In the High Middle Ages, the towns that became centers of trade and production became cultural and intellectual centers.
Trade brought in new ideas as well as merchandise, and in many cities a new type of educational institution -- the university -- emerged, meeting the needs of the new bureaucratic states and the church for educated administrators.
New forms of architecture and literature flourished as universities emerged.
Since the time of the Carolingian Empire, monasteries and cathedral schools have only offered formal instruction.
In rural environments there were monasteries geared to religious concerns.
In the eleventh century in Bologna and other Italian cities, wealthy businessmen established municipal schools, and in the twelfth century in Italy and France, cathedral schools became larger universities.
There was a revival of interest in Roman law as a result of the growth of the University of Bologna.
There was interest in medicine for hundreds of years at the Italian city of Salerno.
There were Greek and Muslim physicians who had studied the use of herbs.
There was a new interest in the work of Arab and Greek doctors in the 12th century.
The basis of training for physicians at other medieval universities was created from the ideas from this medical literature.
Although medicine and law were important academic disciplines in the Middle Ages, theology was the queen of sciences because it involved the study of God.
In the first decades of the 12th century, students from all over Europe crowded into the cathedral school of Notre Dame in Paris to study theology.
They developed a method of thinking, reasoning, and writing in which questions were raised and authorities were cited on both sides of a question.
The goal of the method was to arrive at questions that were raised and authorities cited on both sides of a question.
Peter Abelard was one of the most famous Scholastics.
He believed logic could be used to solve most problems and used a method of system atic doubt to doubt his writing and teaching.
Other scholars did not discuss or analyze theological principles.
In the 13th century, the Scholastics devoted an enormous amount of time to organize their knowledge.
The collections were published as summa.
At Paris and later at Oxford and Cambridge in England, university faculties grouped themselves according to academic disciplines.
Lower-level members of the clergy were considered to be students living in privately endowed residential colleges.
The university edu cation was restricted to men because of this clerical status.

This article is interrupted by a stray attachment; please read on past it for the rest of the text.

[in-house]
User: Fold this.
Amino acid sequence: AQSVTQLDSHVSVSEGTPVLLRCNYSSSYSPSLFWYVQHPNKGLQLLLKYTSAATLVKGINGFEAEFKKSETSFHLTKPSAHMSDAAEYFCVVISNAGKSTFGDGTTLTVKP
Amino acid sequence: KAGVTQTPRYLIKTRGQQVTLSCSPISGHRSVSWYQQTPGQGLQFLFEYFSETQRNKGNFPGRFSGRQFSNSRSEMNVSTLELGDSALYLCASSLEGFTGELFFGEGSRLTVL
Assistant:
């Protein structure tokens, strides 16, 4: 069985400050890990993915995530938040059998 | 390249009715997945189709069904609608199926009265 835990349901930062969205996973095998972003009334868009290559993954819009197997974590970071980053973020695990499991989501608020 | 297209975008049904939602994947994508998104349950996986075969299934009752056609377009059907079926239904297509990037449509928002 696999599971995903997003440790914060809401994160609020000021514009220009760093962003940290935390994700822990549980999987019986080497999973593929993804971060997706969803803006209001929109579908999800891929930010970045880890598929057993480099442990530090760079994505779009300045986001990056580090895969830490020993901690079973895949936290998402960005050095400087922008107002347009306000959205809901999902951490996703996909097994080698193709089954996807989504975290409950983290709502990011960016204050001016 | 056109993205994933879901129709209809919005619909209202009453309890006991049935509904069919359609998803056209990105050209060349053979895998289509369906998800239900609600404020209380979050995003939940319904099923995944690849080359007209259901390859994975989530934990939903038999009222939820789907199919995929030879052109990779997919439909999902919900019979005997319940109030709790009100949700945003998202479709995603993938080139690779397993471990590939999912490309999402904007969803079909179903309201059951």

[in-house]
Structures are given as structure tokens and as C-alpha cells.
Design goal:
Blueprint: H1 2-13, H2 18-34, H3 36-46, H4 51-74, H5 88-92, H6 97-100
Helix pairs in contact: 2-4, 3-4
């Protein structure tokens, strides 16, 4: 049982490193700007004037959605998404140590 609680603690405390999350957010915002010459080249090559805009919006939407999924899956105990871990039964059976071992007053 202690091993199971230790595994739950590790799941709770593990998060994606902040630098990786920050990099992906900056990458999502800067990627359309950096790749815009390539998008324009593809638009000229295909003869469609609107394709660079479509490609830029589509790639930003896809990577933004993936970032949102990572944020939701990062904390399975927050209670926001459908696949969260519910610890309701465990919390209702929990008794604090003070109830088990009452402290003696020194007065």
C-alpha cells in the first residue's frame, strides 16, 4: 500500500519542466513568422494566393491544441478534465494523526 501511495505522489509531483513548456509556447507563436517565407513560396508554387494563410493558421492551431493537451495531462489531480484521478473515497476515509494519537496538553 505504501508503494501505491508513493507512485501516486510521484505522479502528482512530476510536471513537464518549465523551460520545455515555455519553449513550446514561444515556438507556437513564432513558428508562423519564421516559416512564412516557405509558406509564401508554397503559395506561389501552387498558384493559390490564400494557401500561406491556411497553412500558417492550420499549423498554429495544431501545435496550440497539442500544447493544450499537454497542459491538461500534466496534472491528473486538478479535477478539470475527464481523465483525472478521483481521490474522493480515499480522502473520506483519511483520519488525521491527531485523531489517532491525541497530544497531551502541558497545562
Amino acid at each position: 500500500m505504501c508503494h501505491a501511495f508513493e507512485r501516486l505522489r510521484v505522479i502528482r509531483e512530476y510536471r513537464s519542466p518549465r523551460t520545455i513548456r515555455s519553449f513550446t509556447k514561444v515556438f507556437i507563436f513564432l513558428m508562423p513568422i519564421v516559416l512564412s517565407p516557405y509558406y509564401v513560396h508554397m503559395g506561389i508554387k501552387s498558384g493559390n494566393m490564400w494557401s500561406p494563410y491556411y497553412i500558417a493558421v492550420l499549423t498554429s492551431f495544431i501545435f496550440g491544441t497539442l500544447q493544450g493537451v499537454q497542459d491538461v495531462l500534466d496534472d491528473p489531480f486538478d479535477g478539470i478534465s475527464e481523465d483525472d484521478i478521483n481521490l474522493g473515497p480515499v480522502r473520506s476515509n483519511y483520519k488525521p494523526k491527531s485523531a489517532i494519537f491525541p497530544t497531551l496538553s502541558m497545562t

The lecture was the standard method of teaching at universities.
The professor uses this method to read.
He interpreted the passage.
When a student applied for a degree, exami nations were given after three, four, or five years of study.
The exams were very difficult.
The first bachelor's degree was awarded to the candidate if he passed.
The graduate was able to try for the master's and doctor's degrees.
There were degrees to teach.
Most students didn't become teachers.
The royal and papal administrations were staffed by them.
Religious devotion was expressed through daily rituals, holiday ceremonies, and the creation of new institutions such as universities and religious orders.
This view shows the twin towers, the spire, the great rose window over the south portal, and the flying buttresses that support the wal s and the vaults.
It was dedicated to the Virgin Mary, like hundreds of other churches in Europe.
Notre Dame was the tallest building in Europe at the time of its construction.
The most important outlet for these aims was in the building of cathedrals.
Romanesque is a style of architecture that was used in the tenth and eleventh centuries to build cathedrals with large wal s, rounded stone arches, and smal windows.
A new style spread out from central France in the twelfth century.
The uncouth Goths could have invented such a style.
Gothic tural and artistic style supported flying buttresses in Europe from the mid-twelfth to the sixteenth century.
One French abbot claimed that stained-glass windows were cut into the stone so that the interior would shine with the light of most sacred windows.
Between 1180 and 1270 in France alone, eighty cathedrals, about five hundred abbey churches, and tens of thousands of parish churches were con structed in this new style.
They are testimony to the faith and piety of medieval people and also to the civic pride of urban residents, for towns competed with one another to build the largest and most splendid cathedral.
Secular cathedrals were used as religious purposes.
Local guilds met in the cathedrals to arrange business deals.
Pilgrims slept there, lovers courted there, and traveling actors staged plays there.
The cathedral was designed to teach the people the doctrine of Christian faith through the use of stained-glass windows and religious statuary.